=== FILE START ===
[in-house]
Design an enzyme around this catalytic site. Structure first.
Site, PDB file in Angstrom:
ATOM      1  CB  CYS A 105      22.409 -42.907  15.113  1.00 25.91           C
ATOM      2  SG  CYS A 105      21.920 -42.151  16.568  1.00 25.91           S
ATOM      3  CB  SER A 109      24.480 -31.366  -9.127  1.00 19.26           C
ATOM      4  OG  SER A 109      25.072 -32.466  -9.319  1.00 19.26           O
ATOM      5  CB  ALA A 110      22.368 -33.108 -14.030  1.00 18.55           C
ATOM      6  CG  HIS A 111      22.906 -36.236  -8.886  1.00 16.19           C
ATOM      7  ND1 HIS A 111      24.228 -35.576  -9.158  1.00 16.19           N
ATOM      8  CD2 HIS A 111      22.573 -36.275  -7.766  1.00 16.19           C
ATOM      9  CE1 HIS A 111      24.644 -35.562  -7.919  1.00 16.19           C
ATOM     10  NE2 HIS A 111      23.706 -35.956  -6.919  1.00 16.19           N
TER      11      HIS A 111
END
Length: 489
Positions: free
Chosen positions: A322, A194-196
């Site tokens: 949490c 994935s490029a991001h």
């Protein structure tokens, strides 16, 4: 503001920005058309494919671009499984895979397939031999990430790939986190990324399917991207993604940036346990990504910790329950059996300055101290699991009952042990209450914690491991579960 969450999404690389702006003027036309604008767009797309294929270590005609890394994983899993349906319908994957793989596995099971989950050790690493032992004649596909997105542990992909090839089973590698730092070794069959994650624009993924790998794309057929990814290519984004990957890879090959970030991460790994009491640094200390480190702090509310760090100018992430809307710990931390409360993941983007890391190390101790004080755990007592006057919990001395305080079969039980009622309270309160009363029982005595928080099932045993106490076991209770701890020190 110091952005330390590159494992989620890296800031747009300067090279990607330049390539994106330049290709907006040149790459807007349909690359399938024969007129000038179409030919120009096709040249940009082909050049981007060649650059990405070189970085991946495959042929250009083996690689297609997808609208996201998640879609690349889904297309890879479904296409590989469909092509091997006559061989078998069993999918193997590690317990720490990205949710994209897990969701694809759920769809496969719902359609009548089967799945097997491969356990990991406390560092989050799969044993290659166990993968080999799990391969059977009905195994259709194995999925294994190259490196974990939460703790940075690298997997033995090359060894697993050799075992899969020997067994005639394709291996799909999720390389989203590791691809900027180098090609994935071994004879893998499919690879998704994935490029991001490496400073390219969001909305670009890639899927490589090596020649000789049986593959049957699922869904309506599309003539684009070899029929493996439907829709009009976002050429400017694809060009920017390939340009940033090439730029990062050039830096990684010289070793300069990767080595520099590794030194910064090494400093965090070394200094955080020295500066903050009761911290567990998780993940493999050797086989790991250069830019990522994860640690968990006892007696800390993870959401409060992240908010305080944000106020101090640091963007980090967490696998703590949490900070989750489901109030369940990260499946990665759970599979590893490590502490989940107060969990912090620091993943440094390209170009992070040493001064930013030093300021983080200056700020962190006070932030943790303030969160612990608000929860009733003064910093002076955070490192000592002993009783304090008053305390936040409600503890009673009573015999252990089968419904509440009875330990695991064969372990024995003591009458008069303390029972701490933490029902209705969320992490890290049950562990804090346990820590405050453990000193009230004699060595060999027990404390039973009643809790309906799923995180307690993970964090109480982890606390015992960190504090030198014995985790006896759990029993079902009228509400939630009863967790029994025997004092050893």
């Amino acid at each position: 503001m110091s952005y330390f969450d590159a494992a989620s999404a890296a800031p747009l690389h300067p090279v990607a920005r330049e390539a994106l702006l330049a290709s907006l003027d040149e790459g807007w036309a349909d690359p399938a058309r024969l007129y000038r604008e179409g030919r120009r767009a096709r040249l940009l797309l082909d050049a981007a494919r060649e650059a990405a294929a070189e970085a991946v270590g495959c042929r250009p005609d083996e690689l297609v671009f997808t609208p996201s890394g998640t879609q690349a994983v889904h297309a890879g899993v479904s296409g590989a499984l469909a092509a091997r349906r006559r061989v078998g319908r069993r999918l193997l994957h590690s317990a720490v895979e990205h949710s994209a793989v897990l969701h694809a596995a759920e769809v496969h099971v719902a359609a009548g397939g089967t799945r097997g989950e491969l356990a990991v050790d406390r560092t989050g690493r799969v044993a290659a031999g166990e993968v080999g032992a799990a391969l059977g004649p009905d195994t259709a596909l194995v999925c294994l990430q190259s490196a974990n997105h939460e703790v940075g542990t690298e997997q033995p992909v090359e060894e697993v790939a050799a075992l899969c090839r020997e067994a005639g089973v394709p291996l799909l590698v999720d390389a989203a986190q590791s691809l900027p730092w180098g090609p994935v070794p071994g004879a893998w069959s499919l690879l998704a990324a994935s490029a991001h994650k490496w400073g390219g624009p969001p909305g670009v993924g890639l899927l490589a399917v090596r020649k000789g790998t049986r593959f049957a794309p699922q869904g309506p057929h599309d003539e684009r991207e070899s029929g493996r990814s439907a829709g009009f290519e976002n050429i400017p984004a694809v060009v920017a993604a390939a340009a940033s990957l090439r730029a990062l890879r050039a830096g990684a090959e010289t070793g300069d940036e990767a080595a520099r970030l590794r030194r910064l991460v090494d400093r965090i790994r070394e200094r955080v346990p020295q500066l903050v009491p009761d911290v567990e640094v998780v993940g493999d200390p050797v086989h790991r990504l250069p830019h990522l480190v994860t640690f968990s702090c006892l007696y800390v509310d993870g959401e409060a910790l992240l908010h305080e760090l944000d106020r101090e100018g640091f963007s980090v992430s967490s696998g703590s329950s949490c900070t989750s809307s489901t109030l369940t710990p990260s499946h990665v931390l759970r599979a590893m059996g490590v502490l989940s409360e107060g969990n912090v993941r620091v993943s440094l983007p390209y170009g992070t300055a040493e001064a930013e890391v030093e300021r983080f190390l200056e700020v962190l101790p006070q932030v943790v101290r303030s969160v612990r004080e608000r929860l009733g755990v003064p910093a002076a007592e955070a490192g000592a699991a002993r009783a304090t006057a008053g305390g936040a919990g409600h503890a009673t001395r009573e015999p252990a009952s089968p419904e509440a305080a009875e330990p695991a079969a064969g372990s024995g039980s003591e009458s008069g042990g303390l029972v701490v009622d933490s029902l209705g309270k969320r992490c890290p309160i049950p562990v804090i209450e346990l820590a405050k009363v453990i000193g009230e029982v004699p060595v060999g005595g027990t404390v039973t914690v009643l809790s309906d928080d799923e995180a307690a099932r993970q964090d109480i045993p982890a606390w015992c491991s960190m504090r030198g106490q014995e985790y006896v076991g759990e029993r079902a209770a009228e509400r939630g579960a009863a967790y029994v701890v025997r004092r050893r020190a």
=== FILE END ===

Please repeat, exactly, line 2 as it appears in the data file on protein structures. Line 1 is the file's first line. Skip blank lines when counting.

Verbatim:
Design an enzyme around this catalytic site. Structure first.